PST at the Getty
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With all the discussion of Pacific Standard Time, the contributions of the Getty Museum and the Research Institute have not really come into focus. As of October 1, the focus will be clear. Crosscurrents in L.A.: Painting and Sculpture from 1950 to 1970 is really the core of the Getty Foundation's larger initiative.
Here are many of the artists considered to be the foundation of this city's art history, big names like Ed Ruscha, John Baldessari and David Hockney, for instance, but they are brought together in a fresh way, not as a traditional chronology. Pop art hangs with abstract painting, chunky ceramic sculpture is adjacent to hard edge painting, assemblage and early Conceptual art. And there is a lot of plastic.
I walked into one gallery an actually gasped at how lovely and vibrant the art looked, much of it acrylic or glass and sparkling under the careful lighting. A giant disc, some nine feet tall, made of burgundy colored cast resin by Dewain Valentine, a large grid of turquoise, peach and cream acrylic by Judy Chicago, a concave disc by Frederick Eversley, a wall striped with vertical white and black reflective glass by Larry Bell.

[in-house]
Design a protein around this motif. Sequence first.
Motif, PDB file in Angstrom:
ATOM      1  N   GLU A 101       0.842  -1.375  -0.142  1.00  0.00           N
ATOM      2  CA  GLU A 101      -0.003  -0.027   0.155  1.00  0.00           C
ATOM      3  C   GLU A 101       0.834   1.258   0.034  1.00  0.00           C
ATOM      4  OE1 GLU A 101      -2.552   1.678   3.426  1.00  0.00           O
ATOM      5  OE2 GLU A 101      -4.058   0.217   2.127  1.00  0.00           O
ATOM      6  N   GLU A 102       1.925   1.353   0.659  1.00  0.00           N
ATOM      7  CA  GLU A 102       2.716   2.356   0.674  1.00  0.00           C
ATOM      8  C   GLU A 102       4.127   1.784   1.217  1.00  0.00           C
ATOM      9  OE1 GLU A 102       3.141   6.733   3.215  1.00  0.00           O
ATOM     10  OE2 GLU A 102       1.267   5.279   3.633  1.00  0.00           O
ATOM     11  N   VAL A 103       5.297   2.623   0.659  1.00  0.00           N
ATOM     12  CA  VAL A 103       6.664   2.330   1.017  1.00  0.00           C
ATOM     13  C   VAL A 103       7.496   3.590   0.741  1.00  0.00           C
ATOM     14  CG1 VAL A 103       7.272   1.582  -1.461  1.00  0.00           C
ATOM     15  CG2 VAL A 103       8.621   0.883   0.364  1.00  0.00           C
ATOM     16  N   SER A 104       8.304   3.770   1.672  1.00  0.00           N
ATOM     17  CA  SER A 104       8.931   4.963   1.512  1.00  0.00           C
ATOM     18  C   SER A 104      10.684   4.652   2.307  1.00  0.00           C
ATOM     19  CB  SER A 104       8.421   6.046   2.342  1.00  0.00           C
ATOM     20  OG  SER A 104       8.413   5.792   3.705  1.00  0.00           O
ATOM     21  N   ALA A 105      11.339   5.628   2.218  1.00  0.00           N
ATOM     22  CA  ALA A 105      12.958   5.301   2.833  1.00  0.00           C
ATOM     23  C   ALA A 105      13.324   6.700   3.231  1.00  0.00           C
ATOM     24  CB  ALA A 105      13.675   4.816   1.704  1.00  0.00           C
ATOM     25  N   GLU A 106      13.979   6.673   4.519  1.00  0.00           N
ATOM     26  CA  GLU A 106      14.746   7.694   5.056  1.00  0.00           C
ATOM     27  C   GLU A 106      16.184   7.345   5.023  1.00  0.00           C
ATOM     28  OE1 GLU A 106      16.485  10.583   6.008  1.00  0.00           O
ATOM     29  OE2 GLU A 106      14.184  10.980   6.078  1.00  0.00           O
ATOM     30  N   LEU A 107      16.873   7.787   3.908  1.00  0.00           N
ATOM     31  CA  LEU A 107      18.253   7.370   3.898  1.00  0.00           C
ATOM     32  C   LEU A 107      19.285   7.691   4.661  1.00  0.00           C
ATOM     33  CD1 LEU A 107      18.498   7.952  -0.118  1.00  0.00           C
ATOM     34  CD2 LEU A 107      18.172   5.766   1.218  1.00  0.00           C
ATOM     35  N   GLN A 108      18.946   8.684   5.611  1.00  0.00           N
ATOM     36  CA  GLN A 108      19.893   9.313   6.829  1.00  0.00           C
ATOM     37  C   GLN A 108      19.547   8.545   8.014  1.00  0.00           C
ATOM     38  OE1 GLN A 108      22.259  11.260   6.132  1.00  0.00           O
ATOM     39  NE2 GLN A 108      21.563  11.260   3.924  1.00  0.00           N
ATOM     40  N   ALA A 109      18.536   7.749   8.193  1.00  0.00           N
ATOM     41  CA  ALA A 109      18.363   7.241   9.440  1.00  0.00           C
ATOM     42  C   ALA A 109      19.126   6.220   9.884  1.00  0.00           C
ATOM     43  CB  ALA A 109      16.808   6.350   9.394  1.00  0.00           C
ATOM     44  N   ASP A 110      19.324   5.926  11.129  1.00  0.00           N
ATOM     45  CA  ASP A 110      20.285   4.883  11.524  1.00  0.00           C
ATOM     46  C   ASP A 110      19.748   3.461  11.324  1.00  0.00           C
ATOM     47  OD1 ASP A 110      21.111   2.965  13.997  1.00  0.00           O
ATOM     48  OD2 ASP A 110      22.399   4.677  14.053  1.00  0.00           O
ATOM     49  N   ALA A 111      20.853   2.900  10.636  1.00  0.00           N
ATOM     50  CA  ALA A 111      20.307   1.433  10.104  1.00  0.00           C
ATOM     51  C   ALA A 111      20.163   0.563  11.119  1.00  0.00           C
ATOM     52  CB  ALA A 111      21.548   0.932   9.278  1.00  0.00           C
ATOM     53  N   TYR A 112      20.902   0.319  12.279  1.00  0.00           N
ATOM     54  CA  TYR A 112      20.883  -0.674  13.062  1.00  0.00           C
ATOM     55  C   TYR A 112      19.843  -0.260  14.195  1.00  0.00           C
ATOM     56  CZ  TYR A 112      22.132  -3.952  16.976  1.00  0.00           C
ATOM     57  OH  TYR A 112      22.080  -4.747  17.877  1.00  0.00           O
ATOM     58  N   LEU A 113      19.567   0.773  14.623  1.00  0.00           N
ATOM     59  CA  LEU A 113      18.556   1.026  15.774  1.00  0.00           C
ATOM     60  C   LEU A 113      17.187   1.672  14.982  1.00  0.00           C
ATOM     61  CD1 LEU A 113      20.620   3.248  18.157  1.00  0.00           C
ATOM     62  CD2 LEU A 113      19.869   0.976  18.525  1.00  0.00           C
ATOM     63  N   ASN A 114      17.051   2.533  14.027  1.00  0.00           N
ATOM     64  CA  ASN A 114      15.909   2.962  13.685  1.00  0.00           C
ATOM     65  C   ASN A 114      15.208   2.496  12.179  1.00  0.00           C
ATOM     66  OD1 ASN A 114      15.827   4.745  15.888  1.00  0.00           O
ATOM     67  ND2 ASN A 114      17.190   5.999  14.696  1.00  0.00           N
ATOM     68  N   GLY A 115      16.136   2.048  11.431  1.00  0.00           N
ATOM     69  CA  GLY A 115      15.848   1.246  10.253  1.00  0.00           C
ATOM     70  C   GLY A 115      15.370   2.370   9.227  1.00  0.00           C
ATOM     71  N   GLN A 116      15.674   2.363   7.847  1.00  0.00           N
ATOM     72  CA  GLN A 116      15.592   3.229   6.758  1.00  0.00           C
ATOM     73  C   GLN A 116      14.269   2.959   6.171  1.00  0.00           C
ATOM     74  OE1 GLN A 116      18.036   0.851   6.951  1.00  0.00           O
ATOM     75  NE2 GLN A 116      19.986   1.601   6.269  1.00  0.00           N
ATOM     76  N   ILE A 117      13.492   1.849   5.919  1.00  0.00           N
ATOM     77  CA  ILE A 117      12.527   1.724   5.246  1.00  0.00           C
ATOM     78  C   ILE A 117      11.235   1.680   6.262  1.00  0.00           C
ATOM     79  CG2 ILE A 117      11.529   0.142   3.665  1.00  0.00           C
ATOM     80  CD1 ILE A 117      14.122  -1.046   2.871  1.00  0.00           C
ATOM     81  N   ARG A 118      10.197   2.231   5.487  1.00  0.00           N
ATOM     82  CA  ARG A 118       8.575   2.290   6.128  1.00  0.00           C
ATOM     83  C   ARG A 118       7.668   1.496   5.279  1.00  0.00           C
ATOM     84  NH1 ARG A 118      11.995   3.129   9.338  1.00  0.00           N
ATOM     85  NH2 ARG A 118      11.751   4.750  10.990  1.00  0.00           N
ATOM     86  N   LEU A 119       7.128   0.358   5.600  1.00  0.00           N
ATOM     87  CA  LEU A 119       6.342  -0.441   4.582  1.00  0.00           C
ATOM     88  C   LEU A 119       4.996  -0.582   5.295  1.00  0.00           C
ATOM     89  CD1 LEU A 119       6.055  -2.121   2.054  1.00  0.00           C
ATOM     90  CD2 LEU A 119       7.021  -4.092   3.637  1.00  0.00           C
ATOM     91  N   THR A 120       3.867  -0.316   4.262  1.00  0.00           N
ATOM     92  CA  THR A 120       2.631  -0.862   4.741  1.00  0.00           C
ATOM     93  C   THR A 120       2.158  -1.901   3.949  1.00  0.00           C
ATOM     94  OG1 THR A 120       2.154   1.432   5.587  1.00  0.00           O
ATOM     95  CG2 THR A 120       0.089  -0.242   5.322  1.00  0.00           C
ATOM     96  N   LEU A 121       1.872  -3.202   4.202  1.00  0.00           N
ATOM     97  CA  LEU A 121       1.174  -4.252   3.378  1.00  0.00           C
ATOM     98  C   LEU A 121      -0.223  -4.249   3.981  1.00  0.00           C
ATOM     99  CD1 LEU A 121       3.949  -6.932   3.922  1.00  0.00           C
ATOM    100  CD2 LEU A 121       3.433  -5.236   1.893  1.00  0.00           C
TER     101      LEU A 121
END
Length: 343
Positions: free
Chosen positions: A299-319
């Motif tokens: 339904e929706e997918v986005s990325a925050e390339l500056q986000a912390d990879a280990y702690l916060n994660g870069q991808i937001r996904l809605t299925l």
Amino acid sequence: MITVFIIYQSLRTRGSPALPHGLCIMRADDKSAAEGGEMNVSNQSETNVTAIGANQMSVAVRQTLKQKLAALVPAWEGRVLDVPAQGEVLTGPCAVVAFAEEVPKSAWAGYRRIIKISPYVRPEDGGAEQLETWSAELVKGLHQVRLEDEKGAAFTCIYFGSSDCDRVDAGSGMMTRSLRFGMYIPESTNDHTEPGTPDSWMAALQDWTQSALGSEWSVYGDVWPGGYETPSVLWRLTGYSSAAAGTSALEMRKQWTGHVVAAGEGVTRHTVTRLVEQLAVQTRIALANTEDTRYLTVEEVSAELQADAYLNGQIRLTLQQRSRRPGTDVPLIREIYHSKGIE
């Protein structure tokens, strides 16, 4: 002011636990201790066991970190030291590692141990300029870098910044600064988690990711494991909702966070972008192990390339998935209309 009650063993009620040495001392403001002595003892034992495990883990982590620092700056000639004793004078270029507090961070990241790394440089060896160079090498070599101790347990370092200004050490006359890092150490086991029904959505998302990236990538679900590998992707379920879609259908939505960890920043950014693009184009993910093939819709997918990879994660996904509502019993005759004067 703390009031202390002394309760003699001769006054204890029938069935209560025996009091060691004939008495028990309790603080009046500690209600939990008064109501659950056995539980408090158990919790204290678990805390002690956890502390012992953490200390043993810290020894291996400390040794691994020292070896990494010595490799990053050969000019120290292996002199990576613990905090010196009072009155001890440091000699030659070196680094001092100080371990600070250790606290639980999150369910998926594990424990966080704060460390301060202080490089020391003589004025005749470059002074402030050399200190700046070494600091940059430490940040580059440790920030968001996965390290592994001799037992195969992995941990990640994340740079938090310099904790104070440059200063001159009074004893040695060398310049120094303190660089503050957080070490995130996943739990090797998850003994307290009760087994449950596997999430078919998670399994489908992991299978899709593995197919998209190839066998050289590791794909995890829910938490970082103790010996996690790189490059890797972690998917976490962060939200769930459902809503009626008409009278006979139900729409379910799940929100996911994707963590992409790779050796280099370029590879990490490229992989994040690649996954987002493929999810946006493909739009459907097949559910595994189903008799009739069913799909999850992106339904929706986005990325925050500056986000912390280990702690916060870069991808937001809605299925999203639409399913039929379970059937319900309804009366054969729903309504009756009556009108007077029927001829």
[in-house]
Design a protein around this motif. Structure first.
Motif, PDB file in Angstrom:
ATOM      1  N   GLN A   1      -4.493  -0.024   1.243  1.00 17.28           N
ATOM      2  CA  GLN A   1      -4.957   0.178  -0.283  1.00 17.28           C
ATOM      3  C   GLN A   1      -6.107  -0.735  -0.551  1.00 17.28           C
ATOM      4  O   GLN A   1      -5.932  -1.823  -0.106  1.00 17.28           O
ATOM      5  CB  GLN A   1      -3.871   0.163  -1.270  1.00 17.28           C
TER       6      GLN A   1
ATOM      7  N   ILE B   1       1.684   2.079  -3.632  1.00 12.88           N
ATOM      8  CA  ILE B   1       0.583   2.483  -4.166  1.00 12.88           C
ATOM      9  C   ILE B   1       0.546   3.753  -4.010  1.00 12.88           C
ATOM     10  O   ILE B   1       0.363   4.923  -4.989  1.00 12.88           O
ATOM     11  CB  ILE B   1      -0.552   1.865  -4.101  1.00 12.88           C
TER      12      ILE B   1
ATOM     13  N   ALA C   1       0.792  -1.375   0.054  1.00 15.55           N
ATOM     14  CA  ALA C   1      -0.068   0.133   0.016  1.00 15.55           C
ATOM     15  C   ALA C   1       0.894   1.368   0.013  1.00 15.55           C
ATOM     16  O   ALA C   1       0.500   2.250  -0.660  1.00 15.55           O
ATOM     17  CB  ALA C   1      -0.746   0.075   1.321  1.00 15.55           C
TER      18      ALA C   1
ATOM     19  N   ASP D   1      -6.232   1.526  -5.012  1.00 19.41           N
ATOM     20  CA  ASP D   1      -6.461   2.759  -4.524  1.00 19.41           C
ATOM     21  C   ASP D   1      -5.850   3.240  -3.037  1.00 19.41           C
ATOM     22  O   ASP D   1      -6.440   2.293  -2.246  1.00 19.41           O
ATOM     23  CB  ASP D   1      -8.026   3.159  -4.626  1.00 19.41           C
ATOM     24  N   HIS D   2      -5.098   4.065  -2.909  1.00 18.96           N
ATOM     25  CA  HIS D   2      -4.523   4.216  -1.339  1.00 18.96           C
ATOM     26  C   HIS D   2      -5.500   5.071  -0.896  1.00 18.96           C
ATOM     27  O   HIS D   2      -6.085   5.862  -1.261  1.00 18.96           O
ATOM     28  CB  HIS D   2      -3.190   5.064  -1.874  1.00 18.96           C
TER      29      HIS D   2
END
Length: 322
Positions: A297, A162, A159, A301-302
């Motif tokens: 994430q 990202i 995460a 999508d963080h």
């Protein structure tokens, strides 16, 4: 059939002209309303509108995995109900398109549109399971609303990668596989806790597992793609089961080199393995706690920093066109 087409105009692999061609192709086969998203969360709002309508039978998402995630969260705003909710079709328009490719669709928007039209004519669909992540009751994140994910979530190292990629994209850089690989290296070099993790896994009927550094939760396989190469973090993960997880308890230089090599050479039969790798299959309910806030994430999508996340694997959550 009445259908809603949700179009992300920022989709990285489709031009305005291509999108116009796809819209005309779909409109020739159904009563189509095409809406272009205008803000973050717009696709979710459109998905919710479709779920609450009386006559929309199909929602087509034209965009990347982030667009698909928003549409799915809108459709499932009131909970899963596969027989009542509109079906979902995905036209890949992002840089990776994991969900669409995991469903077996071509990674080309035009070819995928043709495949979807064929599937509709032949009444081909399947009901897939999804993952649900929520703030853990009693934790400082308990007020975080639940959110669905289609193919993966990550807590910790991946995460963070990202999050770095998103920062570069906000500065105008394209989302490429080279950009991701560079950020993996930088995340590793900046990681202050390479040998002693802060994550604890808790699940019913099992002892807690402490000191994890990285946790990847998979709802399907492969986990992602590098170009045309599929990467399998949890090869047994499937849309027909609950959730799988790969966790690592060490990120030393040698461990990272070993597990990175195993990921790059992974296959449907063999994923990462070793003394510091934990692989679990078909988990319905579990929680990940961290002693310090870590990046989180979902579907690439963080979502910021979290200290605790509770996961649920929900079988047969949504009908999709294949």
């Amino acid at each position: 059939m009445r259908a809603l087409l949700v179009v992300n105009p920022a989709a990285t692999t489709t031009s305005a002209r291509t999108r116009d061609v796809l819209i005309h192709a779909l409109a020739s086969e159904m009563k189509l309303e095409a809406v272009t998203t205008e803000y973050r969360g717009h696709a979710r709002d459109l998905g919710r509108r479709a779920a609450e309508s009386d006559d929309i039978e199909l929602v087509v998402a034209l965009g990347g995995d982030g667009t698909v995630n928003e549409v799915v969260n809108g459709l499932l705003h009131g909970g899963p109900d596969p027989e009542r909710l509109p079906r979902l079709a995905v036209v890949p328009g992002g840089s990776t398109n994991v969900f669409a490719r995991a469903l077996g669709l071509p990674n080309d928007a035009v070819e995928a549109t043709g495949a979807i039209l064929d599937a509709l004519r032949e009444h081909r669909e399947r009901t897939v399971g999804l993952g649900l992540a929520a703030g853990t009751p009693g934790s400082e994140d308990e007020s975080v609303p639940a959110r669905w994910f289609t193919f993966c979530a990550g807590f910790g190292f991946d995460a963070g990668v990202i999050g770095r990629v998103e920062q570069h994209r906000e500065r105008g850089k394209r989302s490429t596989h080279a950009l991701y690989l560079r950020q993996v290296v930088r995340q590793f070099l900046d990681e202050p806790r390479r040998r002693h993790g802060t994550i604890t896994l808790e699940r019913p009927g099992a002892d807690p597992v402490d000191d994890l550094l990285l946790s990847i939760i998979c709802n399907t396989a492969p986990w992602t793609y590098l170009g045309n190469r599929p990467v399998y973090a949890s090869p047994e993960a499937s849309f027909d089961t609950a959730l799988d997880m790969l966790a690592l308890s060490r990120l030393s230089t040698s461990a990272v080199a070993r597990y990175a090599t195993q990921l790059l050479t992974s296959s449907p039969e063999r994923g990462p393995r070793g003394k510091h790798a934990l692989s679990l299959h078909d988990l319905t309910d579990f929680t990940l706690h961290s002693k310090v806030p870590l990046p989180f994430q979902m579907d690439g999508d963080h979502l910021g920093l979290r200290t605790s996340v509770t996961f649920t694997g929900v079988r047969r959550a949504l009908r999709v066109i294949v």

101.6 x 101.6 x 101.6 cm (40 x 40 x 40 in.)
Object (with base): 152.4 x 203.2 x 203.2 cm (60 x 40 x 40 in.)
Copyright © Larry Bell Courtesy of The Pace Gallery
Photo by Ellen Labenski
This sort of work, once dismissed as beautiful baubles for the rich, now looks like a boldly independent interpretation of Minimalism, that very reductive art executed on the East Coast and elsewhere in industrial materials. This is, of course, only one aspect of the larger exhibition.
The Getty curators are making the case that an alternative modern art developed in L.A., that artists here used different technologies and had different priorities than artists in New York or Europe. This view is supported, I think, by the show, by the many works made from the materials that became available through the aerospace, automotive and film industries here: Plexiglas and resin, sprayed rather than brush-painted surfaces, scenes viewed through the lens of a camera. Not to mention monumental clay sculpture that defied the limited notions about craft. But defying limited notions is the very essence of the L.A. aesthetic. The shimmering silver-covered catalog of the show proves to be an essential and entertaining reference.